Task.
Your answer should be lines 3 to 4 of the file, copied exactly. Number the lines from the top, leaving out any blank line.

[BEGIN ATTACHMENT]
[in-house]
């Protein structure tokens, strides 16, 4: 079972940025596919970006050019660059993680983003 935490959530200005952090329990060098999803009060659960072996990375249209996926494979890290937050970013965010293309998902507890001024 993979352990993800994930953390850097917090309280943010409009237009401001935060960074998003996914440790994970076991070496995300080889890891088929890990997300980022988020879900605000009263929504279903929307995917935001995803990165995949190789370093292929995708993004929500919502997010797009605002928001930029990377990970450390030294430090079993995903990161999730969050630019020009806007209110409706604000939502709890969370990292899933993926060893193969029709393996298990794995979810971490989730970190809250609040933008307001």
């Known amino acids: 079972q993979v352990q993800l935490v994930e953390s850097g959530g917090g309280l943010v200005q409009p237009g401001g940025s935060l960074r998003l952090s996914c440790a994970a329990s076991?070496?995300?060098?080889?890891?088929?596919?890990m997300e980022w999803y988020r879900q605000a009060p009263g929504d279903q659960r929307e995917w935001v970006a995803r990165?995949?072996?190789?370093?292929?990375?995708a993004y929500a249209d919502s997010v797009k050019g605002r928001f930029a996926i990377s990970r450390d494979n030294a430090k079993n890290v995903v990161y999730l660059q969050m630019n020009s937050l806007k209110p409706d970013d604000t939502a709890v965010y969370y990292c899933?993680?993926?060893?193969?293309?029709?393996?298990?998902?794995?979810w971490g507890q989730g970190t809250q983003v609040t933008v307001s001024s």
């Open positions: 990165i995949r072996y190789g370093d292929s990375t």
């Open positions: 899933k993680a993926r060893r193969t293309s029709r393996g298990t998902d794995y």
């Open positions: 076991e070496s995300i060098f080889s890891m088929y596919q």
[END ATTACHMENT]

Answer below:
């Known amino acids: 079972q993979v352990q993800l935490v994930e953390s850097g959530g917090g309280l943010v200005q409009p237009g401001g940025s935060l960074r998003l952090s996914c440790a994970a329990s076991?070496?995300?060098?080889?890891?088929?596919?890990m997300e980022w999803y988020r879900q605000a009060p009263g929504d279903q659960r929307e995917w935001v970006a995803r990165?995949?072996?190789?370093?292929?990375?995708a993004y929500a249209d919502s997010v797009k050019g605002r928001f930029a996926i990377s990970r450390d494979n030294a430090k079993n890290v995903v990161y999730l660059q969050m630019n020009s937050l806007k209110p409706d970013d604000t939502a709890v965010y969370y990292c899933?993680?993926?060893?193969?293309?029709?393996?298990?998902?794995?979810w971490g507890q989730g970190t809250q983003v609040t933008v307001s001024s």
């Open positions: 990165i995949r072996y190789g370093d292929s990375t």